Your property can be let fully furnished, part furnished or unfurnished. Which of these is appropriate will depend on the type of property and local market conditions. We will be pleased to give you advice on whether to furnish or not and to what level. As a minimum you will need to provide decent quality carpets, curtains and light fittings. Remember that there will be wear and tear on the property and any items provided.
Personal possessions, ornaments, pictures, books etc should be removed from the premises, especially those of real or sentimental value. All cupboards and shelf space should be left clear for the tenant’s own use.
Gardens should be left neat, tidy and rubbish free, with any lawns cut. Tenants are required to maintain the gardens to a reasonable standard, provided they are left the necessary tools. However, few tenants are experienced gardeners, and if you value your garden, or if it is particularly large, you may wish us to arrange visits by a gardener.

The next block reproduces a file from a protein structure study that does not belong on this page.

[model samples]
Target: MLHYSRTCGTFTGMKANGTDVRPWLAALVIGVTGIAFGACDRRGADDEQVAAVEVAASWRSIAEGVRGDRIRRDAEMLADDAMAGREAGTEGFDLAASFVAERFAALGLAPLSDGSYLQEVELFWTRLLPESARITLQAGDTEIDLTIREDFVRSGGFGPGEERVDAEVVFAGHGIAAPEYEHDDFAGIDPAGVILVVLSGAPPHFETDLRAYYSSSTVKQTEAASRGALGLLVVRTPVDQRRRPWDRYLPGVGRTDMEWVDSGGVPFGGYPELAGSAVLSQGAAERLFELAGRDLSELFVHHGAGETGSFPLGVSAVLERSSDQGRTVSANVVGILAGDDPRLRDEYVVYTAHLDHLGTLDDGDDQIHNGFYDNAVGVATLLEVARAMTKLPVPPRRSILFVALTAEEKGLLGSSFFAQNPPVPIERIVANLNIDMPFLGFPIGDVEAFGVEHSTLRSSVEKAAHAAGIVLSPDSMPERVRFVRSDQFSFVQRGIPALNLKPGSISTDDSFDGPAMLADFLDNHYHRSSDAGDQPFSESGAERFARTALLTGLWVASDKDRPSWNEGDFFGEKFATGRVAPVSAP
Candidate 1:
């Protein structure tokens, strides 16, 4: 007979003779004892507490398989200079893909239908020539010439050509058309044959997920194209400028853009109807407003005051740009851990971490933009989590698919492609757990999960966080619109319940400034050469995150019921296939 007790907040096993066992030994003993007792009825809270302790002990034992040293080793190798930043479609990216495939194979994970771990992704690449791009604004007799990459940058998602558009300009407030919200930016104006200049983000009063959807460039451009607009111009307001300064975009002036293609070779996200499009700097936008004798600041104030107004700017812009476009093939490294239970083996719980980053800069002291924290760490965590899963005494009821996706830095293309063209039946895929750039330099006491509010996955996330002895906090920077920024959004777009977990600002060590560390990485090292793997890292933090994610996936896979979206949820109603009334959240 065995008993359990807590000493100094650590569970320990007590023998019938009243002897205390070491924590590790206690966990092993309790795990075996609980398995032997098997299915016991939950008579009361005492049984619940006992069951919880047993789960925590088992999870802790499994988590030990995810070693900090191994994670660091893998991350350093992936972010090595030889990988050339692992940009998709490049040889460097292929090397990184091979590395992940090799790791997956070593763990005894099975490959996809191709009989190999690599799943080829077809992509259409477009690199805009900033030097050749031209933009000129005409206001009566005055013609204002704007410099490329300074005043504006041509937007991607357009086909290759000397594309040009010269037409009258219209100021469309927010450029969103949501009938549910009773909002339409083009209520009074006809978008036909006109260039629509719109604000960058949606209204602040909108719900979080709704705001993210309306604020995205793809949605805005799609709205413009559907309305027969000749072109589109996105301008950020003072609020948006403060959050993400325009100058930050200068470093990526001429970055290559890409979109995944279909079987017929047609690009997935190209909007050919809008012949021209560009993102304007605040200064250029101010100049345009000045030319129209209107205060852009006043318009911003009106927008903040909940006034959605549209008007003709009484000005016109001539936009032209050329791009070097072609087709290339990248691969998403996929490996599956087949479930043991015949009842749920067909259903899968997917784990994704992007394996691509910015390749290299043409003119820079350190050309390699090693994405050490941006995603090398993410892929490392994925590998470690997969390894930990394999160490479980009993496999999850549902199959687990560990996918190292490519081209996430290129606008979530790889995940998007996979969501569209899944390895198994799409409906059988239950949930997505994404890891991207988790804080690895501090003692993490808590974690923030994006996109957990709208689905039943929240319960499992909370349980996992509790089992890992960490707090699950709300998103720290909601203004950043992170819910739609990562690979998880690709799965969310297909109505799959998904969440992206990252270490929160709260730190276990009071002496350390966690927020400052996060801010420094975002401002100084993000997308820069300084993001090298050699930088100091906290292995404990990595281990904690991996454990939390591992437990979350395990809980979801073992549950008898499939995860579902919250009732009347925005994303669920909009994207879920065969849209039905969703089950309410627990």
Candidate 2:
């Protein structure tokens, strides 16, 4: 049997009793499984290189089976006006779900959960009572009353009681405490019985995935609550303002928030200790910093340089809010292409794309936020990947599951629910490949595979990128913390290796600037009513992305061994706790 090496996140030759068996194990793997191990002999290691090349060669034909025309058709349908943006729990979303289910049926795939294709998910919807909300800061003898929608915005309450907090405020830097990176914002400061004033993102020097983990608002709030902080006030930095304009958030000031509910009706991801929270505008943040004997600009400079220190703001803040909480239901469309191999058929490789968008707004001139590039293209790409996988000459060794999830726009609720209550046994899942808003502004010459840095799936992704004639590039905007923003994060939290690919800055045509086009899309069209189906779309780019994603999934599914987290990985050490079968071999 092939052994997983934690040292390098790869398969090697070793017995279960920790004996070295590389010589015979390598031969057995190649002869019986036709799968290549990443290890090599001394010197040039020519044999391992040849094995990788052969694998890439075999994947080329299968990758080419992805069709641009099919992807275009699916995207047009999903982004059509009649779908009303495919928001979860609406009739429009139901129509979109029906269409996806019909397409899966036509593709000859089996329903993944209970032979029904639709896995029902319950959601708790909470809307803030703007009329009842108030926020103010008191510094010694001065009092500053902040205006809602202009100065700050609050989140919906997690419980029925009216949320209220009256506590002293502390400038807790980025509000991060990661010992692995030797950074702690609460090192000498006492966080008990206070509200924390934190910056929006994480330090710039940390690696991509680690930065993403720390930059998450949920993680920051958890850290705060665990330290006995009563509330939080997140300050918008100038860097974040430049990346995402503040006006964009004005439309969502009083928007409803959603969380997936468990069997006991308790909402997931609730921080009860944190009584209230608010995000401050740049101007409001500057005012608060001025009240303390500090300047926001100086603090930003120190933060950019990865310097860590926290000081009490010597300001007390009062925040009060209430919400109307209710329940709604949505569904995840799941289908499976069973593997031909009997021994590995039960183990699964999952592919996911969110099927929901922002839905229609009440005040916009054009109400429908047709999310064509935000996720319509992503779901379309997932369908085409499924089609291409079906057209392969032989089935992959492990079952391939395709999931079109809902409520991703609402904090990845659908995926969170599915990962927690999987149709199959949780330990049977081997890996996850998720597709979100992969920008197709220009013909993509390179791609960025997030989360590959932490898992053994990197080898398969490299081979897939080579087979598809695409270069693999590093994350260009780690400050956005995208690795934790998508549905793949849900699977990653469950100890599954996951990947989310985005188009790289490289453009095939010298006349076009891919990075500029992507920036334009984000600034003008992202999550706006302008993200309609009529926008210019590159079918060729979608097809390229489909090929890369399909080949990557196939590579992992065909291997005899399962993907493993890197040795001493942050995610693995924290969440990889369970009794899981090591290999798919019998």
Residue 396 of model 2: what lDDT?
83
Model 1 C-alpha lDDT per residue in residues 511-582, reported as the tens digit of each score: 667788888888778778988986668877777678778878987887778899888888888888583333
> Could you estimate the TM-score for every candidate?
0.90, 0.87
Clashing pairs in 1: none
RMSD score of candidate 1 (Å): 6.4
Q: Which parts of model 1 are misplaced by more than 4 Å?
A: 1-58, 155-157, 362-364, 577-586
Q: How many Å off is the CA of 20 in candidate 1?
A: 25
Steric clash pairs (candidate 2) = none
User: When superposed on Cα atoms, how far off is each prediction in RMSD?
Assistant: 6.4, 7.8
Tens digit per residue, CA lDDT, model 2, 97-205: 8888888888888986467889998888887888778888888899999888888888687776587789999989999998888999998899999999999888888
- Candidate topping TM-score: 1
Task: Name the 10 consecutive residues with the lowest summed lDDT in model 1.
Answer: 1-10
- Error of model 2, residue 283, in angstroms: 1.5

At the commencement of the tenancy the property must be in a thoroughly clean condition, and at the end of each tenancy it is the tenant’s responsibility to leave the property in a similar condition. Where they fail to do so, cleaning will be arranged at their expense. We recommend all properties are professionally cleaned at the start of a tenancy and are happy to arrange this.
It is helpful if you leave information for the tenant, e.g. location of the stopcock, information on operating the central heating and hot water system, washing machine and alarm system and the day refuse is collected etc.
You should provide one set of keys for each tenant. Where we will be managing we will arrange to have duplicates cut as required.
If your property is mortgaged, you should obtain your mortgagee’s written consent to the letting. They may require additional clauses in the tenancy agreement of which you must inform us.
If you are a leaseholder, you should check the terms of your lease, and obtain any necessary written consent before letting.
You should ensure that you are suitably covered for letting under both your buildings and contents insurance. Failure to inform your insurers may invalidate your policies.
Often landlords do not see the need to take out contents insurance if the property is unfurnished or has a few items of little value. However, contents insurance also gives the landlord a level of public liability cover for claims against them for anyone coming into contact with the property.
Bills & Regular Outgoings